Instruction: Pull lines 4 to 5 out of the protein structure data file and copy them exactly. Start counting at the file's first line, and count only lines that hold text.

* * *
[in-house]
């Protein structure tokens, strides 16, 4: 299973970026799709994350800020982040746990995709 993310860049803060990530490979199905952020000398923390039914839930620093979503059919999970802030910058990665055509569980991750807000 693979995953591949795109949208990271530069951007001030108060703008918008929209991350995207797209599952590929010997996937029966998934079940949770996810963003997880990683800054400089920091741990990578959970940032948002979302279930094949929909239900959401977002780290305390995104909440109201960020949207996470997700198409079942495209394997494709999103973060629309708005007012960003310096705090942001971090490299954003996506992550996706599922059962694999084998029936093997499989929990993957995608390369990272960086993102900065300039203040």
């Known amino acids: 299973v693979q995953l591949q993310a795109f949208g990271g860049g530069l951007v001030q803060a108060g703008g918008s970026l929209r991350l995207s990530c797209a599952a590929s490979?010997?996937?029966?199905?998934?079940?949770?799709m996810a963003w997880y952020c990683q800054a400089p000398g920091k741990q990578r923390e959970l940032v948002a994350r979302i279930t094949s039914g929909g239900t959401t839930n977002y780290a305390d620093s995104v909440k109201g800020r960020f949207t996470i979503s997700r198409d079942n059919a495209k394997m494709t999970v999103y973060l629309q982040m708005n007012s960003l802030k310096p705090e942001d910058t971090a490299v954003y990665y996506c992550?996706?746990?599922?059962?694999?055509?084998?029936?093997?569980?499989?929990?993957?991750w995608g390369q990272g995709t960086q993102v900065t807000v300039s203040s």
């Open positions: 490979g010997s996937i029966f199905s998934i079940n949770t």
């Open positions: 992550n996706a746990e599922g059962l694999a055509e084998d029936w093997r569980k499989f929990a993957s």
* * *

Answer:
């Open positions: 490979g010997s996937i029966f199905s998934i079940n949770t």
């Open positions: 992550n996706a746990e599922g059962l694999a055509e084998d029936w093997r569980k499989f929990a993957s």